There are degrees in the simplicity of the Categories. For instance, Quantity and Quality depend directly on substance, so much so that to exist both need only a substance. On the contrary, Relation needs several things, perhaps two substances, or a substance and an accident, or two accidents. 15

When asked whether Action and Passion, which are found together, should be classified in the category of Relation, Alfarabi

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answers in the negative. For "when we find one thing always with another," he says, "it does not follow that there is a dependence of relation between them." For example, we find respiration only with the lungs, the day only with sunrise, accident only with substance, the spoken word only with the tongue. Now all these things are not to be classified in the dependence of Relation, but rather in that of necessity. Necessity may be essential necessity, as that of the birth of the day upon the rising of the sun; and accidental necessity as that of the departure of Zeid upon the arrival of Amron. Furthermore, there is complete necessity when one thing exists by reason of the other, as father and son; while it is incomplete necessity when the dependence of relation is unilateral, as one and two, the two depends on the one, but the one does not depend on the two. 16

We ask whether the Equal and the Unequal are a property of Quantity, and the Similar and Dissimilar a property of Quality. According to Alfarabi, each of the two terms Equal and Unequal, taken separately, is a property of Quantity, while if both terms are taken together, they are descriptive of Quantity. The same is true of Similar and Dissimilar in reference to Quality. 17

In regard to the theory of Contraries, Alfarabi makes some very profound observations. "Is the contrary the absence (privation) of its contrary? Is white the absence of black?" asks Alfarabi. He answers saying, "It is not. For, white is something and not merely the absence of black. Since the absence of black is a fact in the existence of white, we are led to say that every contrary is the absence of its contrary." 18

People say that the science of the contraries is one. But Alfarabi says that a distinction must be made, for "If we deal with the science of something which happens to have a contrary, then that science is not identical with that of its contrary. The

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science of the Just is not that of the Unjust, the knowledge of White is not the knowledge of Black. On the other hand, if we deal with the science of something insofar as it has a contrary, then this science is one with that of its contrary, because in this sense the two contraries are really and truly two relatives." 19

"Opposites and Contraries differ and must be distinguished one from the other," says Alfarabi. "Opposites are two things which cannot exist in the same object at the same time and in the same respect, as the quality of father and son. Opposites are a part of Relatives proper. Contraries are odd and even, affirmation and negation, sight and blindness." 20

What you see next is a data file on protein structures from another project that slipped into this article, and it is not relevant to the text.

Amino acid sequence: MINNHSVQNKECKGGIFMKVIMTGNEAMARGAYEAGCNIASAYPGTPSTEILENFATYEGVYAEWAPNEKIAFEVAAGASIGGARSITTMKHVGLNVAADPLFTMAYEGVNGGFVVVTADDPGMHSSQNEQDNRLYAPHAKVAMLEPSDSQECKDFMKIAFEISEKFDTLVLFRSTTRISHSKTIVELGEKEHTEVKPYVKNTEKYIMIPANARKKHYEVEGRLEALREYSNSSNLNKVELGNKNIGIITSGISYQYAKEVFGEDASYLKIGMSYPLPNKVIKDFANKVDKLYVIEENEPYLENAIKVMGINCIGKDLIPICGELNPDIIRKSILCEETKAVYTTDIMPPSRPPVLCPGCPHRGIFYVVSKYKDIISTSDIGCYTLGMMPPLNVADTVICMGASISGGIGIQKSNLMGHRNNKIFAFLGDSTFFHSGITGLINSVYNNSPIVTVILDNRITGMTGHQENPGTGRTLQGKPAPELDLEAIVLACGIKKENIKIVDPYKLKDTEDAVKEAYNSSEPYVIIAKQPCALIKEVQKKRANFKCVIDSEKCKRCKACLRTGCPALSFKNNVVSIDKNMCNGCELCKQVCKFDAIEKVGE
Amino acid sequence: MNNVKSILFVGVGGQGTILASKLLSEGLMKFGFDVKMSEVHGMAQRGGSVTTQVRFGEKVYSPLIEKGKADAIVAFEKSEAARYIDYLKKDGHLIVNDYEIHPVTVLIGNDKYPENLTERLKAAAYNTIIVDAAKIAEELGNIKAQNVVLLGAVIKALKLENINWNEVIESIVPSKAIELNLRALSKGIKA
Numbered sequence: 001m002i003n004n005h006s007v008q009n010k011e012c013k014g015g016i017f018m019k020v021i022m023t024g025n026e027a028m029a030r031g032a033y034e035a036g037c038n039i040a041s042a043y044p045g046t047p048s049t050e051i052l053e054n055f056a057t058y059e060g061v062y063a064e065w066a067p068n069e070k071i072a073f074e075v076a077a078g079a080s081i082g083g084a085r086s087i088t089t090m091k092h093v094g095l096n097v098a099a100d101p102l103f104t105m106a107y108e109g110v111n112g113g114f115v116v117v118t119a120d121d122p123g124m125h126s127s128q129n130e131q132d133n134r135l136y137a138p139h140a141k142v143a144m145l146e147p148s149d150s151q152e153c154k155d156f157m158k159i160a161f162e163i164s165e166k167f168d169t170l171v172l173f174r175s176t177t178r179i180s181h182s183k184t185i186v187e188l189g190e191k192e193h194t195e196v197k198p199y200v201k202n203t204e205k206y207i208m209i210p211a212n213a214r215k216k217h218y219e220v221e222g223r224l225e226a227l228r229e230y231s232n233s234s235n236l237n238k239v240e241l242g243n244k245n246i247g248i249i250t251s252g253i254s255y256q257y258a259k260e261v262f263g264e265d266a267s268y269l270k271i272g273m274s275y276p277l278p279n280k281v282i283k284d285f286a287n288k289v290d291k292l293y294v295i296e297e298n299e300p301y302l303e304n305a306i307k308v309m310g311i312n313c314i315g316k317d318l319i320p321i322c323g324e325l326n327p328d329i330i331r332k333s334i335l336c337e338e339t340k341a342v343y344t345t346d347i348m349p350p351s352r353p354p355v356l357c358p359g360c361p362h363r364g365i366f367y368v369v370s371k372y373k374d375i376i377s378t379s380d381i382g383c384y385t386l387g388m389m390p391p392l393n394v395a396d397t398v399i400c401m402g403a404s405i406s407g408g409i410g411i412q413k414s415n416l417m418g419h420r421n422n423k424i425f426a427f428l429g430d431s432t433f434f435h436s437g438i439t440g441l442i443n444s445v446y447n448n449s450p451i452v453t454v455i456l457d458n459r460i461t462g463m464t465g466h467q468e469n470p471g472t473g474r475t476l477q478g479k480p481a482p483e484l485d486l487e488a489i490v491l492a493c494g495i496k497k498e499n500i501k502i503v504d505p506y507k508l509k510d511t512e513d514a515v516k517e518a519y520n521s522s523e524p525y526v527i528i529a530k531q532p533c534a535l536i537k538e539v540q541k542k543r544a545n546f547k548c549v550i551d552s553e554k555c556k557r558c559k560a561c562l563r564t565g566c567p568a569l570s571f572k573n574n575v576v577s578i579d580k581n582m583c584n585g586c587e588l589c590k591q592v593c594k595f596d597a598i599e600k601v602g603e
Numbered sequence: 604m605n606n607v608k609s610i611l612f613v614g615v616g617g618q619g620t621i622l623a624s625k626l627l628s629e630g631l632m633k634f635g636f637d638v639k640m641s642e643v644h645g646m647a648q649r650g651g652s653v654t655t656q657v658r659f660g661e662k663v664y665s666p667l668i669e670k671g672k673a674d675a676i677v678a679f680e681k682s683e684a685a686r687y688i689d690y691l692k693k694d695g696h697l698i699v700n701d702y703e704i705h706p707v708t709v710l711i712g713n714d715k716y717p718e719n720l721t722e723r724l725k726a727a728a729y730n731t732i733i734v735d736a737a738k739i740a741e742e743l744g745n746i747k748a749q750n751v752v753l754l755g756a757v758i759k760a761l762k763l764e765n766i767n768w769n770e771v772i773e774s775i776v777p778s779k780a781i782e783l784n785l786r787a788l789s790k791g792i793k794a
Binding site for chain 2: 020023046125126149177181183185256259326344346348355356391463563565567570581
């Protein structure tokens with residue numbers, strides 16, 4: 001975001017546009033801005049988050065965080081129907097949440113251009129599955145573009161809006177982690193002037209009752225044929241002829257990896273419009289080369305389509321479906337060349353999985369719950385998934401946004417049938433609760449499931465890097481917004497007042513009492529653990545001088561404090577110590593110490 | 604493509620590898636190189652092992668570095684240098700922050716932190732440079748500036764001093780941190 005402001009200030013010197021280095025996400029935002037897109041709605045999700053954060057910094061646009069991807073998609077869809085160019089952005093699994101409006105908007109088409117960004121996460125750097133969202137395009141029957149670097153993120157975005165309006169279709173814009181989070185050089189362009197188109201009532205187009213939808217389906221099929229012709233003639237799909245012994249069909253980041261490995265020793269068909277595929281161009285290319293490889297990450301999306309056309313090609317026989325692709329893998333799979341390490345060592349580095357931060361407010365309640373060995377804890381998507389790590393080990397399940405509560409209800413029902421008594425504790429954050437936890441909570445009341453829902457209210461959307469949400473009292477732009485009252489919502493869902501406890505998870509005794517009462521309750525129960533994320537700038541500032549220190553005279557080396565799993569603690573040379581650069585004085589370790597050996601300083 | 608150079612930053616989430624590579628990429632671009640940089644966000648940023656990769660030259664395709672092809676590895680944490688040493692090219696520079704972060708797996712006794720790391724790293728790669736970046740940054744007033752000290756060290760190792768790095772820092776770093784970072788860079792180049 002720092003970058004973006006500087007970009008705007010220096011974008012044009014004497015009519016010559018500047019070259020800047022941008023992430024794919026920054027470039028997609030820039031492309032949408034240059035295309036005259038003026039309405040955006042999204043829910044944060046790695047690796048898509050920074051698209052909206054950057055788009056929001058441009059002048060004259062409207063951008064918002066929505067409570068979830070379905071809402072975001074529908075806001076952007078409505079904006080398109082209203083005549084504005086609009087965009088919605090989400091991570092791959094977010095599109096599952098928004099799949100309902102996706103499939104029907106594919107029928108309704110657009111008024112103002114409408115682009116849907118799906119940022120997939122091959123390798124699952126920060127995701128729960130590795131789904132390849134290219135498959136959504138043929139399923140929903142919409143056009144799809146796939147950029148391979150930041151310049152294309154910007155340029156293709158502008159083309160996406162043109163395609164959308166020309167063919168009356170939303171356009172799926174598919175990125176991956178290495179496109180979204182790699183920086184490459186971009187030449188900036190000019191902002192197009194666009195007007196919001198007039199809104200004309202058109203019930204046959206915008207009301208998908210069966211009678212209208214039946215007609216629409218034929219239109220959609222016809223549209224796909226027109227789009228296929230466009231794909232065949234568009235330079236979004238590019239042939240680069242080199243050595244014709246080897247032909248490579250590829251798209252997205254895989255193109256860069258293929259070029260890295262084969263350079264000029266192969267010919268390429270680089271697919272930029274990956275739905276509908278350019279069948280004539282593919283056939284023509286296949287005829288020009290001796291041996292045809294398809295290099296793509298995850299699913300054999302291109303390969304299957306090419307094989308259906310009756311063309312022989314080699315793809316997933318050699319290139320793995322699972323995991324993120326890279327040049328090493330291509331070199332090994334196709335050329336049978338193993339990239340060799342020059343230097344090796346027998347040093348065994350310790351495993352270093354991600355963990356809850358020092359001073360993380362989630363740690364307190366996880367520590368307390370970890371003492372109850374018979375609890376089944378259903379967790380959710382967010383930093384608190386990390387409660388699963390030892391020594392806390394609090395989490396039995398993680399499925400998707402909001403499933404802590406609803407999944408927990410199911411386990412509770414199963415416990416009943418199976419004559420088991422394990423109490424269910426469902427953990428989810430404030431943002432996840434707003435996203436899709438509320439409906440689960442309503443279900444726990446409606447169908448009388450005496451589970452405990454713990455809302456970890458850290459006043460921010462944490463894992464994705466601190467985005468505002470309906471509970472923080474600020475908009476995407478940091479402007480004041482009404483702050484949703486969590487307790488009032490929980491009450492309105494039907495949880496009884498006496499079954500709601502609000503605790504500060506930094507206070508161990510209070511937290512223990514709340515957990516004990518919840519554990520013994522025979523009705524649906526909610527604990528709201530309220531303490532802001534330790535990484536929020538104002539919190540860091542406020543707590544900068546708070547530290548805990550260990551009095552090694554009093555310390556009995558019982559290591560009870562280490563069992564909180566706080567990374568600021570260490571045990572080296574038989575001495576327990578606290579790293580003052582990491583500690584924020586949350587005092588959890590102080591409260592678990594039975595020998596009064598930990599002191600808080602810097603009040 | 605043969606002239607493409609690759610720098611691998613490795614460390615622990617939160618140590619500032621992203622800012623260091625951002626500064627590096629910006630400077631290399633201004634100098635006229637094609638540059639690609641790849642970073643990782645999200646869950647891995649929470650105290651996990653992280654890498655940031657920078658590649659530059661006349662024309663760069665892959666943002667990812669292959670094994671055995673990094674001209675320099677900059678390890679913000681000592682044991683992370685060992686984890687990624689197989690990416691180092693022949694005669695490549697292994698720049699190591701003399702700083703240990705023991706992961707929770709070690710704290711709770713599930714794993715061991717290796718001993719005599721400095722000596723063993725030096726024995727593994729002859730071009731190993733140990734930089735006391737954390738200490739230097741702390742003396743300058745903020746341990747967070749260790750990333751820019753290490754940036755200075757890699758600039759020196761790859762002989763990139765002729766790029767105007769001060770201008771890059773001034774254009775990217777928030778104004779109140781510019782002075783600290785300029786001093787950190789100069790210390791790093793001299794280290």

Some ask how many things are necessary to the knowledge of the unknown. "Two things are necessary and sufficient," answers Alfarabi. "If there are more than two, this means that they are not necessary to the knowledge of the object under investigation." 21

"Is the proposition, "Man exists" a judgment with or without a predicate?" asks Alfarabi. "If man is considered from the natural and objective viewpoint," he answers, "the judgment is without a predicate because the fact of existence is one with man and cannot be distinguished from him, while the predicate denotes distinction from the thing to which it is referred. From a logical point of view, the judgment has a predicate, because it is made up of two terms which may be either true or false." 22

In Logic too Alfarabi makes some brilliant and original observations, and gives evidence of a great knowledge of the Organon and Isagoge.


1:10 Alfarabi, The Sources of Questions, in Collection, op. cit. n. 1, p. 65.

1:11 Alfarabi, The Sources of Questions, in Collection, op. cit. n. 2, p. 65.

2:12 Id. op. cit. n. 2, p. 66.

3:13 Alfarabi, A Letter in Reply to Certain Questions, in Collection, op. cit. n. 25, pp. 103-105.

3:14 Alfarabi, A Letter in Reply to Certain Questions, in Collection, op. cit. n. 19, pp. 98-99.

3:15 Id. op. cit. n. 13, p. 98.

4:16 Id. op. cit. n. 18, p. 98.

4:17 Id. op. cit. n. 24, p. 102.

4:18 Id. op. cit. n. 17, pp. 97-98.

5:19 Id. op. cit. n. 37, p. 109.

5:20 Id. op. cit. n. 38, pp. 109-110.

5:21 Id. op. cit. n. 29, pp. 106-107.

5:22 Id. op. cit. n. 16, p. 97.

Next: Chapter II. Metaphysics